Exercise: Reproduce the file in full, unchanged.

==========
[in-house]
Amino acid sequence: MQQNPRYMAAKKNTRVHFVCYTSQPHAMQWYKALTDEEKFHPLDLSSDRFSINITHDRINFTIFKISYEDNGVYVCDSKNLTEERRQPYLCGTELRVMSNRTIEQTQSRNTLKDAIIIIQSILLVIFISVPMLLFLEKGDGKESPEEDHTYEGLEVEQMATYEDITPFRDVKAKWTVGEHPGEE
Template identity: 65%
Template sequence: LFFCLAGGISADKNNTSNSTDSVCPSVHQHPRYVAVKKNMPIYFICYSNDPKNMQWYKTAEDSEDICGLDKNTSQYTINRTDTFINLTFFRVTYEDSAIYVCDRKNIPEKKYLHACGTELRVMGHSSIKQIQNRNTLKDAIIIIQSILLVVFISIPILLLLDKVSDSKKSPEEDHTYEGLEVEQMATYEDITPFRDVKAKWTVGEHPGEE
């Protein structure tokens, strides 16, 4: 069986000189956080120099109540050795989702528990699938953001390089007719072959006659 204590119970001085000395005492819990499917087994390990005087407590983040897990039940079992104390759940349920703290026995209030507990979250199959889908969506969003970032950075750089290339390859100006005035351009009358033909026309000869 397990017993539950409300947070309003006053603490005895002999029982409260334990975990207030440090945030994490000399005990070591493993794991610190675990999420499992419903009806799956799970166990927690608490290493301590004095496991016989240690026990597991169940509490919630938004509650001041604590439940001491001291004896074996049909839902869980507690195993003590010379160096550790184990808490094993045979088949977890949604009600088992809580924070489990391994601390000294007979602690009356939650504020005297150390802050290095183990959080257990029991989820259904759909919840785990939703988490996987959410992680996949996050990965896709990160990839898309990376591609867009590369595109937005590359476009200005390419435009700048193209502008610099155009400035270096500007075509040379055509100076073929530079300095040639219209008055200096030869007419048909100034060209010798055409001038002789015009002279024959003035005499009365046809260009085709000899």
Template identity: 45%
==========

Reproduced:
[in-house]
Amino acid sequence: MQQNPRYMAAKKNTRVHFVCYTSQPHAMQWYKALTDEEKFHPLDLSSDRFSINITHDRINFTIFKISYEDNGVYVCDSKNLTEERRQPYLCGTELRVMSNRTIEQTQSRNTLKDAIIIIQSILLVIFISVPMLLFLEKGDGKESPEEDHTYEGLEVEQMATYEDITPFRDVKAKWTVGEHPGEE
Template identity: 65%
Template sequence: LFFCLAGGISADKNNTSNSTDSVCPSVHQHPRYVAVKKNMPIYFICYSNDPKNMQWYKTAEDSEDICGLDKNTSQYTINRTDTFINLTFFRVTYEDSAIYVCDRKNIPEKKYLHACGTELRVMGHSSIKQIQNRNTLKDAIIIIQSILLVVFISIPILLLLDKVSDSKKSPEEDHTYEGLEVEQMATYEDITPFRDVKAKWTVGEHPGEE
């Protein structure tokens, strides 16, 4: 069986000189956080120099109540050795989702528990699938953001390089007719072959006659 204590119970001085000395005492819990499917087994390990005087407590983040897990039940079992104390759940349920703290026995209030507990979250199959889908969506969003970032950075750089290339390859100006005035351009009358033909026309000869 397990017993539950409300947070309003006053603490005895002999029982409260334990975990207030440090945030994490000399005990070591493993794991610190675990999420499992419903009806799956799970166990927690608490290493301590004095496991016989240690026990597991169940509490919630938004509650001041604590439940001491001291004896074996049909839902869980507690195993003590010379160096550790184990808490094993045979088949977890949604009600088992809580924070489990391994601390000294007979602690009356939650504020005297150390802050290095183990959080257990029991989820259904759909919840785990939703988490996987959410992680996949996050990965896709990160990839898309990376591609867009590369595109937005590359476009200005390419435009700048193209502008610099155009400035270096500007075509040379055509100076073929530079300095040639219209008055200096030869007419048909100034060209010798055409001038002789015009002279024959003035005499009365046809260009085709000899």
Template identity: 45%